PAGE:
1.1 These test methods determine the water soluble sulfate content of cohesive soils by using the turbidmetric/colorimetric technique. Two test methods are presented in this standard. Method A is for use in the field and Method B is for use in the laboratory. The turbidimetric/colorimetric technique involves measuring the scattering of a light beam through a solution that contains suspended particulate matter. Measurements of sulfate concentrations in soils can be used to guide professionals in the selection of appropriate stabilization methods. 1.2 The field method, Method A, is used as a screening test for the presence of sulfates and their concentration. The laboratory method, Method B, provides better resolution than the field method. 1.3 Ion chromatography is also an acceptable alternative method that can be used to evaluate results; however, it is outside the scope of these test methods. 1.4 These test methods are partially based on the Texas Department of Transportation test method, TEX-145-E. 1.5 Units-The values stated in SI units are to be regarded as the standard. No other units of measurement are included in this standard. 1.6 All observed and calculated values shall conform to the guidelines for significant digits and rounding established in Practice D6026 unless superseded by these test methods. 1.6.1 The procedures used to specify how data are collected/recorded and calculated in these test methods are regarded as the industry standard. In addition, they are representative of the significant digits that generally should be retained. The procedures used do not consider material variation, purpose for obtaining the data, special purpose studies, or any considerations for the users objectives; it is common practice to increase or reduce significant digits of reported data to be commensurate with these considerations. It is beyond the scope of these test methods to consider significant digits used in analysis methods for engineering data. 1.7 This standard does not purport to address all of the safety concerns, if any, associated with its use. It is the responsibility of the user of this standard to establish appropriate safety and health practices and determine the applicability of regulatory limitations prior to use.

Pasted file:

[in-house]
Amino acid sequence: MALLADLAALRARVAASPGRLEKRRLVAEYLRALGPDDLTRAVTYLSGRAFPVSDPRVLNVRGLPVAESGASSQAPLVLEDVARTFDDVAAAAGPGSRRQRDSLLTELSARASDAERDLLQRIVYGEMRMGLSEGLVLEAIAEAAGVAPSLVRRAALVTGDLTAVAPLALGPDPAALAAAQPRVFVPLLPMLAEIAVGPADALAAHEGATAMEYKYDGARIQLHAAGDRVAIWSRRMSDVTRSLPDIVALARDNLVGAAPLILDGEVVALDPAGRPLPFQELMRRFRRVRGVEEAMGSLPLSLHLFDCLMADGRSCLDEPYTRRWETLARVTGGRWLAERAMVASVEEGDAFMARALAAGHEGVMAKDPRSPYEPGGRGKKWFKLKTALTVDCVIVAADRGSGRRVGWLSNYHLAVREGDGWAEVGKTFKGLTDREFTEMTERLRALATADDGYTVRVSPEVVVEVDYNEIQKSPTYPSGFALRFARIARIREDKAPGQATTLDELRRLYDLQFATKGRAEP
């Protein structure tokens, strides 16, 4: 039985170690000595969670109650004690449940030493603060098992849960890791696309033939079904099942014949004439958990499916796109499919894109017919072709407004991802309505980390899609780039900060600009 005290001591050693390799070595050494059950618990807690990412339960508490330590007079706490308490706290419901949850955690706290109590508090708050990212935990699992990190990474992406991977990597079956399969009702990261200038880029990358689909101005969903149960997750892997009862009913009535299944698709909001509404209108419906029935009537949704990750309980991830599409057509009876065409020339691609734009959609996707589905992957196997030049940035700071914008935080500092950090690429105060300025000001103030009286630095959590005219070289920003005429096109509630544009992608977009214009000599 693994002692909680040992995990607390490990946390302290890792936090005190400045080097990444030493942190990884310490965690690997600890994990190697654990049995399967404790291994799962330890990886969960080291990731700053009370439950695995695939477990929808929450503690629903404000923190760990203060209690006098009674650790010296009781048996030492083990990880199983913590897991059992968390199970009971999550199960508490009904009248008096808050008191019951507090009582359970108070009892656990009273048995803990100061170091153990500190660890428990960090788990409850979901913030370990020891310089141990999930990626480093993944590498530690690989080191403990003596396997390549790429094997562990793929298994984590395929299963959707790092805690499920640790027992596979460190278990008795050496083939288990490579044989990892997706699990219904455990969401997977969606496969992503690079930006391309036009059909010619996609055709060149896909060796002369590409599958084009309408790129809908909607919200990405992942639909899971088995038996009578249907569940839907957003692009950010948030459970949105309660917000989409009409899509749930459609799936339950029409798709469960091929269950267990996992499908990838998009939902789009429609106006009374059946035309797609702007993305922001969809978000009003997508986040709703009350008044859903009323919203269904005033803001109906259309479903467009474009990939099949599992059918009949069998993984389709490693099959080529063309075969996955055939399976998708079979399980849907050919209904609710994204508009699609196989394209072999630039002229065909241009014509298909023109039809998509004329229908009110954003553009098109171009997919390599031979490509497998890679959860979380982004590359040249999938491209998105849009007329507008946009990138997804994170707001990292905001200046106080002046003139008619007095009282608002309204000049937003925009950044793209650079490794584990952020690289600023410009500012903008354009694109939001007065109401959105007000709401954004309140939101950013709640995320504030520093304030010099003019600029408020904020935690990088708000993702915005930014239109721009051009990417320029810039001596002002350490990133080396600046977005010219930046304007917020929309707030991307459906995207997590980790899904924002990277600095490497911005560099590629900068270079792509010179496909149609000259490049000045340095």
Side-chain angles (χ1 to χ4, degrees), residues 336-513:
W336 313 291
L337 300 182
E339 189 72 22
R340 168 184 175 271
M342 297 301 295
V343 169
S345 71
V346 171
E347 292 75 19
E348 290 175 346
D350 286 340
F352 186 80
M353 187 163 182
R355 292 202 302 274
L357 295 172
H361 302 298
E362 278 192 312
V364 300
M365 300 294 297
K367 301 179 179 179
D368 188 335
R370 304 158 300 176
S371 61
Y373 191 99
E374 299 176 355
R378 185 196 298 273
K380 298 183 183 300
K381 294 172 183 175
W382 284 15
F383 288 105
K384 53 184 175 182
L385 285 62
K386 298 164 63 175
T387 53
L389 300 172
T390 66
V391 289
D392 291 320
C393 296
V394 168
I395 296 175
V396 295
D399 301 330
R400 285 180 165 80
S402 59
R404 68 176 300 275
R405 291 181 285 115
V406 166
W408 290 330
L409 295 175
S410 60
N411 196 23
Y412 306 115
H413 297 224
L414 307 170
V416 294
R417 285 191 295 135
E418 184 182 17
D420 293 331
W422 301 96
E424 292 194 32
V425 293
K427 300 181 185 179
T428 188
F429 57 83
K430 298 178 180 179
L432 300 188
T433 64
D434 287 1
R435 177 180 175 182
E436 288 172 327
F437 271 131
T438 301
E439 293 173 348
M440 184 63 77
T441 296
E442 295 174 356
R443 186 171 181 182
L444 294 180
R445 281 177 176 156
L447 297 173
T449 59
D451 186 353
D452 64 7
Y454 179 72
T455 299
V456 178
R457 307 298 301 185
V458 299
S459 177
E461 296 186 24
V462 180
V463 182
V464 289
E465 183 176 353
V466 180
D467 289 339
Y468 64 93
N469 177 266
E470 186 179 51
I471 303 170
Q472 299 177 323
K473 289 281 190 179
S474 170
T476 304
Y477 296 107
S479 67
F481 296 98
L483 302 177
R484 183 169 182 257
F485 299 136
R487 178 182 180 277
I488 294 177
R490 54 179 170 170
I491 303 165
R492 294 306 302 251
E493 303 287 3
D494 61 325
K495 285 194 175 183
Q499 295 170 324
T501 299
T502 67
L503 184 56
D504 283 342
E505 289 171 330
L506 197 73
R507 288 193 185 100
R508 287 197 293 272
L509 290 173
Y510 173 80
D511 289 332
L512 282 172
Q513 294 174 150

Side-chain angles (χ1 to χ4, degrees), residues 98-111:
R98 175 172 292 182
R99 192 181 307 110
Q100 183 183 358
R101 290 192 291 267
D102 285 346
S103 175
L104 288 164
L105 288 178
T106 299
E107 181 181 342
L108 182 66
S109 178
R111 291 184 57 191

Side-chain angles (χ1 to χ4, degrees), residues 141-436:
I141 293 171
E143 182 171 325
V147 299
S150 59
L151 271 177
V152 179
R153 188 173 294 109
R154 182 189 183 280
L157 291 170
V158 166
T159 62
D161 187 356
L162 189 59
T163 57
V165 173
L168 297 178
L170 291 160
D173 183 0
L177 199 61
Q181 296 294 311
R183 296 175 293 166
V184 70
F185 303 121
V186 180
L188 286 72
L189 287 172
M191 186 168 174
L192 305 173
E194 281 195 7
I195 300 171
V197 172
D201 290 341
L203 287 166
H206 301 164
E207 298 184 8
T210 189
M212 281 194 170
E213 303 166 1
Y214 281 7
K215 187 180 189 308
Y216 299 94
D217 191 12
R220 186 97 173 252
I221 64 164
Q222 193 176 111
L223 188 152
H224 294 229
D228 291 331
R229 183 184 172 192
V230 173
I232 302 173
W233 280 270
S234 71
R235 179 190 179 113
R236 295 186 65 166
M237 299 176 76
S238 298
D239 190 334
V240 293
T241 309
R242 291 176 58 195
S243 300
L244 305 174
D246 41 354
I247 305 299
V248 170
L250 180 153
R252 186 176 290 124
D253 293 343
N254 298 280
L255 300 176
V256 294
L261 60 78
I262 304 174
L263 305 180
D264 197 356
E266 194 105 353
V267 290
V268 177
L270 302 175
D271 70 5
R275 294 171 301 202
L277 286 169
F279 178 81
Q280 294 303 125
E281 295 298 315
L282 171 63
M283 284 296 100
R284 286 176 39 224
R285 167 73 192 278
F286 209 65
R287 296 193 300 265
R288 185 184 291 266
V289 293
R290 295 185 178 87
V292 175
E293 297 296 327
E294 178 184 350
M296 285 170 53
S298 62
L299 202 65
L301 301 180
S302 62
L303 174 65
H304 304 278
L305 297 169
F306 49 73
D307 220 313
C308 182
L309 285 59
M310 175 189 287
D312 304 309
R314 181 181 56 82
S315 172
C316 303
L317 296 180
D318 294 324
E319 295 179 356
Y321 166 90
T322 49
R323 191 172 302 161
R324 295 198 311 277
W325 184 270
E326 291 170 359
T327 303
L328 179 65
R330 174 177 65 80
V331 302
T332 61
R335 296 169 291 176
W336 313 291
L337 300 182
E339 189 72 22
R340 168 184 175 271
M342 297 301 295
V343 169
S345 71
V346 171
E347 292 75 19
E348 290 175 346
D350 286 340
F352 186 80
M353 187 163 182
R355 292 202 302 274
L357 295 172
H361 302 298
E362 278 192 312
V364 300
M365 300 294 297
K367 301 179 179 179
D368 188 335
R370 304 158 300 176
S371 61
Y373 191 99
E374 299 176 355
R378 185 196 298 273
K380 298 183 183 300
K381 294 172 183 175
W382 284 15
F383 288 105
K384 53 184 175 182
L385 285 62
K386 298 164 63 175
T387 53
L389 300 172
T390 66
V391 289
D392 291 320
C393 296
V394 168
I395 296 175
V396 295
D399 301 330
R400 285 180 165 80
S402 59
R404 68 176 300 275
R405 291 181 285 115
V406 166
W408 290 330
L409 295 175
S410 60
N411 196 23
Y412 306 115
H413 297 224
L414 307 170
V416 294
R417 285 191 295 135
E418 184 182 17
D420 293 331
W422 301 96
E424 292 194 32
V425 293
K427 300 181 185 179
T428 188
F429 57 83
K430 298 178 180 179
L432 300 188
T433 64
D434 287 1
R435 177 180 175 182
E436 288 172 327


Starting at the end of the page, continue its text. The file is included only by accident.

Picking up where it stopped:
Keywordscolorimetric; clay; ettringite; stabilization; thaumasite; turbidmetric; water soluble sulfates
There is no current ASTM standard that can be used nationally and internationally. Currently, only state governments have test methods and, while they are similar in some respects, they are also different as well. Creating an ASTM standard will allow for more consistent methods to be used by many users across state and national lines. Specifiers will be able to cite a nationally/internationally recognized test method that has been approved via consensus.
The title and scope are in draft form and are under development within this ASTM Committee.Back to Top
Draft Under Development